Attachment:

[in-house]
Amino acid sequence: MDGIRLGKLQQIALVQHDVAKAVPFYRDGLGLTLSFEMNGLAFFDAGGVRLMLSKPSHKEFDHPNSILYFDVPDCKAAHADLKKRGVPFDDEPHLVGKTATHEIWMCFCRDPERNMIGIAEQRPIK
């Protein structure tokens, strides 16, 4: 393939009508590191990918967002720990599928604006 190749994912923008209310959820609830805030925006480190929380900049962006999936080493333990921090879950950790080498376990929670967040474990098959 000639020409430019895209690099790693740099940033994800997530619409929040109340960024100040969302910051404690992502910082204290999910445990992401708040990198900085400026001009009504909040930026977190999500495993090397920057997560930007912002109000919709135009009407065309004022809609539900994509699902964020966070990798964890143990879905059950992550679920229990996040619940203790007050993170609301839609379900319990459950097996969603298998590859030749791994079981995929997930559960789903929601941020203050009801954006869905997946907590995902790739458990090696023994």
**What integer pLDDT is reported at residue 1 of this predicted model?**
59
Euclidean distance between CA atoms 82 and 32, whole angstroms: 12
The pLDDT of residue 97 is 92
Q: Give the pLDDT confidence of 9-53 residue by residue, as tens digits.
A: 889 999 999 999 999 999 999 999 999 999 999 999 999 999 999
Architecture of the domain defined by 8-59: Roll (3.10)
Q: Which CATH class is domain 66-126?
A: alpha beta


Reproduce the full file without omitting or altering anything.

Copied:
[in-house]
Amino acid sequence: MDGIRLGKLQQIALVQHDVAKAVPFYRDGLGLTLSFEMNGLAFFDAGGVRLMLSKPSHKEFDHPNSILYFDVPDCKAAHADLKKRGVPFDDEPHLVGKTATHEIWMCFCRDPERNMIGIAEQRPIK
């Protein structure tokens, strides 16, 4: 393939009508590191990918967002720990599928604006 190749994912923008209310959820609830805030925006480190929380900049962006999936080493333990921090879950950790080498376990929670967040474990098959 000639020409430019895209690099790693740099940033994800997530619409929040109340960024100040969302910051404690992502910082204290999910445990992401708040990198900085400026001009009504909040930026977190999500495993090397920057997560930007912002109000919709135009009407065309004022809609539900994509699902964020966070990798964890143990879905059950992550679920229990996040619940203790007050993170609301839609379900319990459950097996969603298998590859030749791994079981995929997930559960789903929601941020203050009801954006869905997946907590995902790739458990090696023994």
**What integer pLDDT is reported at residue 1 of this predicted model?**
59
Euclidean distance between CA atoms 82 and 32, whole angstroms: 12
The pLDDT of residue 97 is 92
Q: Give the pLDDT confidence of 9-53 residue by residue, as tens digits.
A: 889 999 999 999 999 999 999 999 999 999 999 999 999 999 999
Architecture of the domain defined by 8-59: Roll (3.10)
Q: Which CATH class is domain 66-126?
A: alpha beta